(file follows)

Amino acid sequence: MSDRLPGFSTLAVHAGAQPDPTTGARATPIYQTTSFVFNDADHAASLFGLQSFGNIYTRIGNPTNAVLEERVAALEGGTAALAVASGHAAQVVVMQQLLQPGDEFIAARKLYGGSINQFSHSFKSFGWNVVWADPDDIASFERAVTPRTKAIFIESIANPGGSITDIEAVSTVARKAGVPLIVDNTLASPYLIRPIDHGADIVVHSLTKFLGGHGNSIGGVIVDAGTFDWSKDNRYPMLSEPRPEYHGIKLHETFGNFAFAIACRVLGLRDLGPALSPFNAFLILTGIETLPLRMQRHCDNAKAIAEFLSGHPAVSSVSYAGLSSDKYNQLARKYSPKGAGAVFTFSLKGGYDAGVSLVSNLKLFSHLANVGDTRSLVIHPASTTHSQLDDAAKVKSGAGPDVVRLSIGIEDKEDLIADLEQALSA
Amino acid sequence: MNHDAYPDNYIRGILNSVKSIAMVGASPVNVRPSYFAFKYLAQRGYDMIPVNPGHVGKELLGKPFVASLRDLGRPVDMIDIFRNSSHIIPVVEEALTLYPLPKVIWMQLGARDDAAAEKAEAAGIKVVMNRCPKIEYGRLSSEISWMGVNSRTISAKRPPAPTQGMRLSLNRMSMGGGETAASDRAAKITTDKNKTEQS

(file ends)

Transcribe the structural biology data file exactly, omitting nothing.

Amino acid sequence: MSDRLPGFSTLAVHAGAQPDPTTGARATPIYQTTSFVFNDADHAASLFGLQSFGNIYTRIGNPTNAVLEERVAALEGGTAALAVASGHAAQVVVMQQLLQPGDEFIAARKLYGGSINQFSHSFKSFGWNVVWADPDDIASFERAVTPRTKAIFIESIANPGGSITDIEAVSTVARKAGVPLIVDNTLASPYLIRPIDHGADIVVHSLTKFLGGHGNSIGGVIVDAGTFDWSKDNRYPMLSEPRPEYHGIKLHETFGNFAFAIACRVLGLRDLGPALSPFNAFLILTGIETLPLRMQRHCDNAKAIAEFLSGHPAVSSVSYAGLSSDKYNQLARKYSPKGAGAVFTFSLKGGYDAGVSLVSNLKLFSHLANVGDTRSLVIHPASTTHSQLDDAAKVKSGAGPDVVRLSIGIEDKEDLIADLEQALSA
Amino acid sequence: MNHDAYPDNYIRGILNSVKSIAMVGASPVNVRPSYFAFKYLAQRGYDMIPVNPGHVGKELLGKPFVASLRDLGRPVDMIDIFRNSSHIIPVVEEALTLYPLPKVIWMQLGARDDAAAEKAEAAGIKVVMNRCPKIEYGRLSSEISWMGVNSRTISAKRPPAPTQGMRLSLNRMSMGGGETAASDRAAKITTDKNKTEQS